The Healthy Ways Vets Take Care of Their Pets

By PetMD Editorial on Jul. 19, 2013

By Jessica Remitz

Just like every other pet owner, veterinarians are responsible for giving their pets the best possible exercise, nutrition, and care needed to keep them happy and healthy. But how does their chosen profession give them a leg up on the rest of us? And are there any tips they can share for keeping our pets healthy? Here’s a look at the ways veterinarians provide a healthy lifestyle for their pets. 

Nutrition and Exercise

Feeding your pet a well-balanced diet will help prevent obesity, and the various conditions associated with being overweight, as well as help your pet manage existing health conditions and food allergies. Fortunately, many commercial pet foods are now sophisticated enough to help maintain your pet’s health in addition to their teeth and coat, says Katie Grzyb, DVM and emergency clinician at the Veterinary Emergency and Referral Group in Brooklyn, New York.

For Camille DeClementi, DVM and senior director of medical records at the ASPCA, feeding her greyhound a healthy and nutritious diet was essential from the day she brought her home.

“When my greyhound came off of the racetrack, she was very thin and her coat was dry because of bad nutrition. When she got back on a proper diet, her hair grew back in,”according to Dr. DeClementi. “If our nutrition isn’t good, it shows in our hair and nails, just like our pets.”

It’s important to discuss any questions you have about your pet’s diet with your veterinarian and be sure to follow the recommended serving sizes on food labels to help prevent overfeeding and obesity. Dr. DeClementi also recommends being cautious of feeding your pet any people food that may be poisonous to them, including raisins, grapes, and onions.

When it comes to exercise, it’s essential to learn about the ways your pet likes to be active and encourage them to engage in moderate activity on a regular basis. “Cats can be entertained with catnip, toys and stairs to get to their food,” Dr. DeClementi says, “while a look at your dog’s breed and lifestyle will determine the right fit for their exercise regimen.”

“Since my dog was bred to run, I need to make sure she gets some running in. Make sure they have opportunities to get out bursts of energy and play with other dogs, it’s important both physically and mentally,” she says. Jogging, swimming, walking and a long game of fetch at the dog park are also great ways to keep your pup fit and active.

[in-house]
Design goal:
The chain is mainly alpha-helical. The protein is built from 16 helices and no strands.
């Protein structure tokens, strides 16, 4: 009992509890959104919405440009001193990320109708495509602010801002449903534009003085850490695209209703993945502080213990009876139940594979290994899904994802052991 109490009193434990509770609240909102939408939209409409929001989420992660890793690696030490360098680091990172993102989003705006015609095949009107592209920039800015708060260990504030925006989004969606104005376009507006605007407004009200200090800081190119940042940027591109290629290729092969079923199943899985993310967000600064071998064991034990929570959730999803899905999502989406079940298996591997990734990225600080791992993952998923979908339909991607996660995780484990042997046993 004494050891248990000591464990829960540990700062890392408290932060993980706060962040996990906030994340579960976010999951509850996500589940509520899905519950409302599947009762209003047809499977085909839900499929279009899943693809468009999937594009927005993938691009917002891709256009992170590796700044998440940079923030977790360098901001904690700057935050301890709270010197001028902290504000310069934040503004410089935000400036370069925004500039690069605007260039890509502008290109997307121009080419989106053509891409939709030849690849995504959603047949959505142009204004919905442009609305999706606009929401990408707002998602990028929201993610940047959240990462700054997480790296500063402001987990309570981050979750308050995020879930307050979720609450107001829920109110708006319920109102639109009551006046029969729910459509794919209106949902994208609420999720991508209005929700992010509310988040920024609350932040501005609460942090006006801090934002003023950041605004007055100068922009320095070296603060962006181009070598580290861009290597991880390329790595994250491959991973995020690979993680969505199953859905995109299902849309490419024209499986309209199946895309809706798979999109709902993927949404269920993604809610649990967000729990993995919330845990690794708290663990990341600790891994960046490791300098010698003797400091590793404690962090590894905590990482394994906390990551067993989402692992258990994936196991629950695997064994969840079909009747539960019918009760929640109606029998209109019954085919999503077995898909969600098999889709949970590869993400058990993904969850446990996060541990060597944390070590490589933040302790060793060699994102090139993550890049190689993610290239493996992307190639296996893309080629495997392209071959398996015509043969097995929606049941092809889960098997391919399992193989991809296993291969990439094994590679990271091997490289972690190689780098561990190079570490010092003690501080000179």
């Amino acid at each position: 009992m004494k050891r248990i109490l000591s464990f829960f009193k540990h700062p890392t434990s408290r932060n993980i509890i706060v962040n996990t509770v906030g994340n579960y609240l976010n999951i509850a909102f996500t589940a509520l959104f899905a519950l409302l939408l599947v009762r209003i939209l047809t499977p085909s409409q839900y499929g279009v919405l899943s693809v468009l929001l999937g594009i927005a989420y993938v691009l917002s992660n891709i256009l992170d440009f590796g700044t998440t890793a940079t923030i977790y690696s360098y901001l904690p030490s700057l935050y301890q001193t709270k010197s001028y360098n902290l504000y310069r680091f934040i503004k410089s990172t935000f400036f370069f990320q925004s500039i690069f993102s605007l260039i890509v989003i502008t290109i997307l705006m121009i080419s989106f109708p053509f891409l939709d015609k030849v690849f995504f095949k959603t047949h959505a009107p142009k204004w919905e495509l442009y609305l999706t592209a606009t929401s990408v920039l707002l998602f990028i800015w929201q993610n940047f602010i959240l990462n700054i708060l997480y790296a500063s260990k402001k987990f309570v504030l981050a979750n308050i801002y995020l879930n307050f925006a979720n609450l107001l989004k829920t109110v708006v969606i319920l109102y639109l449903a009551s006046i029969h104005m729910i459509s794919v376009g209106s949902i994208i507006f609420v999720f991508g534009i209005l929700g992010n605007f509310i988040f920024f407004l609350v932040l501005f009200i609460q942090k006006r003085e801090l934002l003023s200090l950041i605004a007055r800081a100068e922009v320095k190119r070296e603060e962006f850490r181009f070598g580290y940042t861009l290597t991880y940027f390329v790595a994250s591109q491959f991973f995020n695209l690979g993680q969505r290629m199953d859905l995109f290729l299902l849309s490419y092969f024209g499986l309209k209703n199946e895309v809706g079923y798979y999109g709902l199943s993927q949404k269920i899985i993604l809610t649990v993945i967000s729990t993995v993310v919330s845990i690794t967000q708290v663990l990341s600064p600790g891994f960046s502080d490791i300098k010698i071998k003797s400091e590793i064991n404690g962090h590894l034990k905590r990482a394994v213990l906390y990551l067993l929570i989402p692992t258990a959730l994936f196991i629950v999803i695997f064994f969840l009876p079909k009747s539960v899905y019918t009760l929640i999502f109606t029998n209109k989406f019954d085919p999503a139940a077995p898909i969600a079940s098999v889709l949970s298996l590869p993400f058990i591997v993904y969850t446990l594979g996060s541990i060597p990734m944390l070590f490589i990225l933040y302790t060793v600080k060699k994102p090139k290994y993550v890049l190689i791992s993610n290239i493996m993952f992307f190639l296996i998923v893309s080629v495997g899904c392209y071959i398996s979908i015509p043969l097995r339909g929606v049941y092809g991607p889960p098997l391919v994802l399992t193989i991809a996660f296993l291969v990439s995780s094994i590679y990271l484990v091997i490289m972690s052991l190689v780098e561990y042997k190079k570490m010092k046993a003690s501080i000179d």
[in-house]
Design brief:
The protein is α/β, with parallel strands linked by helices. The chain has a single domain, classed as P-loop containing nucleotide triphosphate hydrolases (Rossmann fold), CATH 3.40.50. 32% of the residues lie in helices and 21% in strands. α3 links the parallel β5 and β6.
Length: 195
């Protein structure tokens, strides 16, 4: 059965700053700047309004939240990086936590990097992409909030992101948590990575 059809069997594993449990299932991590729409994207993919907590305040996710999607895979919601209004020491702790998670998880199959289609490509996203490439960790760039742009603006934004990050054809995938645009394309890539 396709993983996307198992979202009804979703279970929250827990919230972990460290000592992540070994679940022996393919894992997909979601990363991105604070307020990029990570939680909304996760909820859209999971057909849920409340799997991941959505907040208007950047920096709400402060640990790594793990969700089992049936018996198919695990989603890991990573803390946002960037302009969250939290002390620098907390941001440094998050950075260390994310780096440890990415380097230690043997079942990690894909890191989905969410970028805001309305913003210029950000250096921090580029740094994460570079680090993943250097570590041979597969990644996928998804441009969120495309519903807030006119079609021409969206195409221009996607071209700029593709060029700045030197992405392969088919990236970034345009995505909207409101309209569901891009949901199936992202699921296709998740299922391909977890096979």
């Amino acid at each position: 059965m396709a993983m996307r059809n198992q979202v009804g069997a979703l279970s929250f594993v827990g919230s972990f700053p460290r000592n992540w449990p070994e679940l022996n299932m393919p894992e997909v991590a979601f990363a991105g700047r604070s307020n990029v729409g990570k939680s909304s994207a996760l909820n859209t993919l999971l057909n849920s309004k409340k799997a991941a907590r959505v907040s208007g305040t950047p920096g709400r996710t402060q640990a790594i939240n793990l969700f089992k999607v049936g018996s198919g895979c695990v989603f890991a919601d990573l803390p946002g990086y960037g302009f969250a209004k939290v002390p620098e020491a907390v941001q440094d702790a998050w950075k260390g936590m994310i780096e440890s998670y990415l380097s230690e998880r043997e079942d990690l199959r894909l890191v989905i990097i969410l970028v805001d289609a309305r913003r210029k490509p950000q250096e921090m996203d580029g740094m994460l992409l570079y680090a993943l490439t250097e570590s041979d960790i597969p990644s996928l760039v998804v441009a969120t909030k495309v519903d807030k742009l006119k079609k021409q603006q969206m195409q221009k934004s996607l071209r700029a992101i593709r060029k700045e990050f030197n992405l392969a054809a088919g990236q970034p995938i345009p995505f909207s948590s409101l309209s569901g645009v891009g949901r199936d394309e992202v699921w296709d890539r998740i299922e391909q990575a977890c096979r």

Grooming and Oral Care

Because they see the issues that go hand in hand with a lack of grooming and trimming your pet’s nails, veterinarians are generally good about keeping up with their pet’s coat and nails, says Louise Murray, DVM, DACVIM and vice president of the ASPCA Bergh Memorial Animal Hospital.

“We see animals that come in with matting so severe that it causes discomfort and health problems, and see older cats come in with nails so long, they’ve grown into their paw pads and are extremely uncomfortable,” Dr. Murray says. “The best thing you can do is keep your pet’s coat clean and their nails short.”

While the grooming needs of your pet will vary depending on their breed, coat length and the time of year, pets with long hair will generally need more frequent brushing and bathing than those with shorter coats. Dr. DeClementi suggests talking to your breeder or shelter about your pet’s grooming needs when you take them home to get an idea of what will work for your pet.

Frequent grooming will also allow you to check in on the condition of your pet’s skin and catch any irregularities before they become an issue. Fleas and ticks can be difficult to spot on pets with long coats, and grooming them regularly will help you to know when to treat your pet with preventative medication. “Just remember to use the proper products for your cat or dog,” Dr. DeClementi says, “as many flea and tick medications are safe for only one species.”